I joined Google+ this past week — the new social media mashup of something like Facebook and Twitter. Unlike Google’s earlier social media attempts, such as Buzz, Google+ is the real deal and gives Facebook something to ponder as it potentially slips into the MySpace zone.
But, aside from Google+’s features and functions which are compelling even as it is still in beta, I think the whole “plus” idea as a branding element is ill-conceived. It presents too many marketing challenges considering how social media memes are often integrated into the lives and conversations of users. Google needs a new social dialect with terminology that easily sets them apart.
The minuses on the plus:
- The plus sign is harder to type. Facebook is often abbreviated FB. G+ requires more finger contortions.
- The plus sign is an iconic cue for adding items (in fact, you’ll see it used on Google+ as a prefix, such as “+ Add more people” when you’re sharing a post). Peppering the interface with plus signs — which is your logo if you’re Google+ — may be confusing.
- Like something? Google+ gives you a “+1” button. People won’t say “I plus-one’d it on Google Plus”, will they? That seems clunky. If anything, they’ll say, “I ‘plussed’ it.” (Google+ may eventually have to simplify their version of the Like button with just a simple plus sign dropping the “1”). Using your logo element here would be akin to Facebook, instead of its thumbs-up Like icon, using an “F” button. Imagine if people F’d this or F’d that. That would be pretty F’d up. People like Like and I suspect +1 is going to be hard to adopt.
- Compared to the very colloquial “Facebook me”, “friend me”, “Google it”, “tweet”, etc., what’s the Google+ verb?
- The girl at the bar who asks, “Google me” — is she suggesting a background check via the Google search engine or is that a “friend” request on Google+? What about some other Google+ themes? “Circle me” conjures images of prey. However, “huddle with me” is awesome, especially if she’s cute.
- Because of this, we can expect people to muddle terms from other service brands (e.g., “I ‘Liked’ it on Google+” or perhaps even “I sent a tweet on Google+”). Unfortunately, this dilutes its brand identity.
On the plus side, I give Google+ an A for taking away Facebook market share. But the ‘+’ adds up to a big G-minus for marketing.
This programmer’s face is expressing:
- Maniacal frustration
- All the above
The 404 or Not Found error message is a HTTP standard response code indicating that the browser was able to communicate with the server, but the server could not find what was requested. Servers typically choke on these requests and spit out a boring default error message. We can do better than that.
Update: 2011-04-20 (go figure) ~ Just discovered that the dudes at Github did this same idea. So much for being clever…
Found under my mouse pad: Post-It notes from my kids.
New feature! I’ve added themes to my blog featuring my photos and illustrations. Have fun and switch it up!
But she still won’t approve my friend request on Facebook. What’s up with that?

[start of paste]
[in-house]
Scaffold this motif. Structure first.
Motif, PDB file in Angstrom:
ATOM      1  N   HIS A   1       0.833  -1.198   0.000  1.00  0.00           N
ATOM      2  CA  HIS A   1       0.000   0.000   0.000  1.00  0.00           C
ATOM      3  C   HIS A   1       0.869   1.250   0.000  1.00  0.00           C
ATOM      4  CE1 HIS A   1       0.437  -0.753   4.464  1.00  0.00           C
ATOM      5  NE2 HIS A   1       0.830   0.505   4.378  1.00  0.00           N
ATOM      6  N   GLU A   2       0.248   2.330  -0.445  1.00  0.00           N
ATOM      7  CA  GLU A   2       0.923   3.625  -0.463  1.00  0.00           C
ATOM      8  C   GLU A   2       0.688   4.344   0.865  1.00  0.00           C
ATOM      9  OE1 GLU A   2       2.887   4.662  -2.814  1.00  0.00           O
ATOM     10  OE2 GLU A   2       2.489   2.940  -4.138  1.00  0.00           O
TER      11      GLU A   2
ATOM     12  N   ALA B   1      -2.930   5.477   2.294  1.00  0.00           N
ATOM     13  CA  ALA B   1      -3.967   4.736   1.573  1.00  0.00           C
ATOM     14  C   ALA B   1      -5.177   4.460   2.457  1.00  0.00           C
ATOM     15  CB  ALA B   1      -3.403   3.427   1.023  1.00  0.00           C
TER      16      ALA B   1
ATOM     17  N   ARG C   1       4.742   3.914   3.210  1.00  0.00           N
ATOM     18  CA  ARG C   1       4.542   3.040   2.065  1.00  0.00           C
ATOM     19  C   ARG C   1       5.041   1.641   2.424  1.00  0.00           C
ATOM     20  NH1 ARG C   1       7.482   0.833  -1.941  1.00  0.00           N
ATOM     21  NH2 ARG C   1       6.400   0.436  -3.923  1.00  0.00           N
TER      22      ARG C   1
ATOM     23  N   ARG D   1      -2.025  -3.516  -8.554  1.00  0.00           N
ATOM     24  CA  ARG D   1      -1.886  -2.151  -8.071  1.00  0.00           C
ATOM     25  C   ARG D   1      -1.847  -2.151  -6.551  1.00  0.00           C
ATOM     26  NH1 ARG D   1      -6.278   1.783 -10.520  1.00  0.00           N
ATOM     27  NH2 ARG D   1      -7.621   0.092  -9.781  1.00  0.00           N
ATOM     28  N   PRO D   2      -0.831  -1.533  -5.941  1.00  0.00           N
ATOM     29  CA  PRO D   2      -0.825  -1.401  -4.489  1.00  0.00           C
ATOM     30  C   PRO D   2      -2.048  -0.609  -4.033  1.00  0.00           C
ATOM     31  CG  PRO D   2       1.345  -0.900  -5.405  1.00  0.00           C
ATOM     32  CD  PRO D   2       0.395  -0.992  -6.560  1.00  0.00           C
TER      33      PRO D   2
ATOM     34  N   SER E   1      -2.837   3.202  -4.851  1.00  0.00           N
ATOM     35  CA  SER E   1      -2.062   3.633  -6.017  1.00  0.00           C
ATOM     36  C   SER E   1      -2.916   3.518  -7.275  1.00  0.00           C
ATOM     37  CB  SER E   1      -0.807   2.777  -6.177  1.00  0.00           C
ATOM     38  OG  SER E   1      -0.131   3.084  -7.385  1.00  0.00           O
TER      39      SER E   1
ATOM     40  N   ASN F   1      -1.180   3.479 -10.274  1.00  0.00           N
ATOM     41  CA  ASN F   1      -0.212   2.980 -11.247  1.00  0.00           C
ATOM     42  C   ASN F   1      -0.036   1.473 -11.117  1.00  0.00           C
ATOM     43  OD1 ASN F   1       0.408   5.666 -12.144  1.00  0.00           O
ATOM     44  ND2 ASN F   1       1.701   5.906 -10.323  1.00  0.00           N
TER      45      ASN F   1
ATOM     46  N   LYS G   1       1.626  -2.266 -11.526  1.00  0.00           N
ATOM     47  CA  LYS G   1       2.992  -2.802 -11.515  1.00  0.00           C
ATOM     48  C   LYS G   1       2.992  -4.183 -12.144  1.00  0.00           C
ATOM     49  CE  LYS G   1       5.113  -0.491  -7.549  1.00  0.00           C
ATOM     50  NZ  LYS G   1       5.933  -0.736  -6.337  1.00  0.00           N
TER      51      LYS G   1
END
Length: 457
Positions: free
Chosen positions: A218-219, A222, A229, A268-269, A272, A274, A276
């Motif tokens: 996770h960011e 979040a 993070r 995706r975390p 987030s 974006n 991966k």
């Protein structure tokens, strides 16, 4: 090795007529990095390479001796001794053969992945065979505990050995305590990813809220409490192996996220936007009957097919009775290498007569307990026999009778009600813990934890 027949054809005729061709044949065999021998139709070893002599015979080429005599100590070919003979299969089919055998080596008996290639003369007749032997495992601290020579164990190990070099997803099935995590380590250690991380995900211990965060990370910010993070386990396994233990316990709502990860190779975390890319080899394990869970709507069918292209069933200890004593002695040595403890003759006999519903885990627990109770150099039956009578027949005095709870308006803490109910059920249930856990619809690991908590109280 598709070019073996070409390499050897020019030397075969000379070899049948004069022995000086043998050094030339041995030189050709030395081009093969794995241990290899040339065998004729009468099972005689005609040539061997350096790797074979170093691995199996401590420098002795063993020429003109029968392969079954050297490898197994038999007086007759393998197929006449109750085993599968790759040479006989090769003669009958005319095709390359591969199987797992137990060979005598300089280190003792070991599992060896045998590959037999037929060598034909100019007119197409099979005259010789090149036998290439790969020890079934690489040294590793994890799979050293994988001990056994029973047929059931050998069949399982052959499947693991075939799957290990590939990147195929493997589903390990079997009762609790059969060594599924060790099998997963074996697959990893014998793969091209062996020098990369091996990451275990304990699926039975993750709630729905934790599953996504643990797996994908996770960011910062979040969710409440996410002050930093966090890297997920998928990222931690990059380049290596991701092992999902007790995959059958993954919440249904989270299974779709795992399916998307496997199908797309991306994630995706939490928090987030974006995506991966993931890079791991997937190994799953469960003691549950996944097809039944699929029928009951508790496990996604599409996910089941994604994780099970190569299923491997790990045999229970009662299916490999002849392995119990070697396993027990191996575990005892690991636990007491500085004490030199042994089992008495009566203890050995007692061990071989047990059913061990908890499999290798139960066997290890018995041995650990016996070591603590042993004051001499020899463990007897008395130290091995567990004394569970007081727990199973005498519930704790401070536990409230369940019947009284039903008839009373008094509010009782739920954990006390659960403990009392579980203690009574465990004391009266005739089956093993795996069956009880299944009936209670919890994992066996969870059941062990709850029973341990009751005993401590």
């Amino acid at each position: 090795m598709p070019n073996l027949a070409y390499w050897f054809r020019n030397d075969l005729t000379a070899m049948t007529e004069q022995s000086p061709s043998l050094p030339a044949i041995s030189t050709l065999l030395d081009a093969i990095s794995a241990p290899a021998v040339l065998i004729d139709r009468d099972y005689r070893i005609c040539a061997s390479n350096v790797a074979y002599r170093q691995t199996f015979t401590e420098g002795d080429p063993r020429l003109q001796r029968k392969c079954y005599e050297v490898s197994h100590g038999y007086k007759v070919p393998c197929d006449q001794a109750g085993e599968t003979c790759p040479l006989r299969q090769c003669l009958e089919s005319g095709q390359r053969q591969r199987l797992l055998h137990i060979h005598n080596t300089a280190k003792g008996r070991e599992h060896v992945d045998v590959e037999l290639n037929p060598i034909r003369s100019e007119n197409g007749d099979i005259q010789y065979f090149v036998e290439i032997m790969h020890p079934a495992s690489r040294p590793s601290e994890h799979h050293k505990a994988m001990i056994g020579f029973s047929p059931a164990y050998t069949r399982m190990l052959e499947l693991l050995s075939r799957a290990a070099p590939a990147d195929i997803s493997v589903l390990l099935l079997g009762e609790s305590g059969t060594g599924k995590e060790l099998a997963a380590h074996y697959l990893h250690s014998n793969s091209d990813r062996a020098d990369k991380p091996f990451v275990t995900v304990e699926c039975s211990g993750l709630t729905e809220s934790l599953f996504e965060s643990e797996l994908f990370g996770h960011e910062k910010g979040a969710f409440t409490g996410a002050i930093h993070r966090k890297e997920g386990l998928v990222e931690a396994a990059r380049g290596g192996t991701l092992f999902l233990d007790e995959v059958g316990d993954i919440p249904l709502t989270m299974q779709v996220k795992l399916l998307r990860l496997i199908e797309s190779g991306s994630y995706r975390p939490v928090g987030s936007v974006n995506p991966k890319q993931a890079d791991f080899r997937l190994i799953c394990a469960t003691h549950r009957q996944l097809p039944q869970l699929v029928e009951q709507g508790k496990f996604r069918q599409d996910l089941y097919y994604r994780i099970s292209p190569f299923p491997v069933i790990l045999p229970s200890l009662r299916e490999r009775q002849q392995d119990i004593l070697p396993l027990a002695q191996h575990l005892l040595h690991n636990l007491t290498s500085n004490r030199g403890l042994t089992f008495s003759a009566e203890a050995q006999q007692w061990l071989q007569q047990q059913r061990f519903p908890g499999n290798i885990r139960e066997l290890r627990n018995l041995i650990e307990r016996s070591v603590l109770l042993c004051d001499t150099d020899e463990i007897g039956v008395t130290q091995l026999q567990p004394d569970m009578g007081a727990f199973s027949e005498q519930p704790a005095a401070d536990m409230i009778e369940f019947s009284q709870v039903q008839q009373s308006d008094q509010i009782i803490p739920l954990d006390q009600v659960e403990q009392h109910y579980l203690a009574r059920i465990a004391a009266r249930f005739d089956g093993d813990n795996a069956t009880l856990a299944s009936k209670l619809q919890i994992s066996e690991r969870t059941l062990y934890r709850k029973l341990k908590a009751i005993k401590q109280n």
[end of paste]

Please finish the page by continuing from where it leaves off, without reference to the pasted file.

I love to cook. So I had to meet Sam Zien (aka Sam the Cooking Guy) at a book signing today. He’s quite the character in the kitchen on TV, but super nice and humble when you meet him. He spent time talking with everyone. I was one of the last people in a very long line to get my book signed (see video of crowd on Facebook), and he still took his time, chatted with me, joked and we laughed… it was great. He even thanked me for waiting so long to get the autograph. What a cool guy, and I just love his cooking philosophy: big taste, little effort. Perfect!
Some guy (not me!) shot some video of the event (see below). It’s a funky little edit job, rather sophomoric, but the only video I could find.
These are the hands that I held when I was very small. These are the hands of a meat cutter who followed those of his father. These are the hands that showed me how to lay my fingers across the threads of a baseball to throw the perfect pitch. These are the hands that gently rested on my shoulders while singing “Sunshine on My Shoulders” in the car. These are the hands that taught me how to hold a racquetball racket and grip a golf club correctly. These are the 74-year-old hands of my dad on Fathers Day — hands that I am blessed to still be able to hold.
While at the beach on Coronado Island, I looked up from my novel and I caught a glimpse of a sun dog. A sun dog is an atmospheric phenomenon that creates bright spots of light in the sky, often on a luminous ring or halo on either side of the sun.
The photo was taken with my mobile phone and doesn’t do the scene justice. The sun dog on the left was more prominent than its counter-puppy on the right. The distinctive halo is not easily seen in the photo, unfortunately. The pink “petals” and the two horizontal rays coming out of the sun are refractions in the lens, but the bright spots at the ends were truly there in the sky.
Here are a couple of other photos I snapped.
A lone sun dog hovers over the Coronado islands on the horizon.
Looking south toward the world-famous Hotel Del Coronado, with Mexico in the distance. It was an awesome day at the beach — 79° in mid-December. Ah, paradise in my backyard.
To find out how sun dogs are formed, accompanied by even better photos, see this Sun Dog article.
What can we learn about (in)effective creative design from a rock video and a movie? Are you big enough to handle the truth?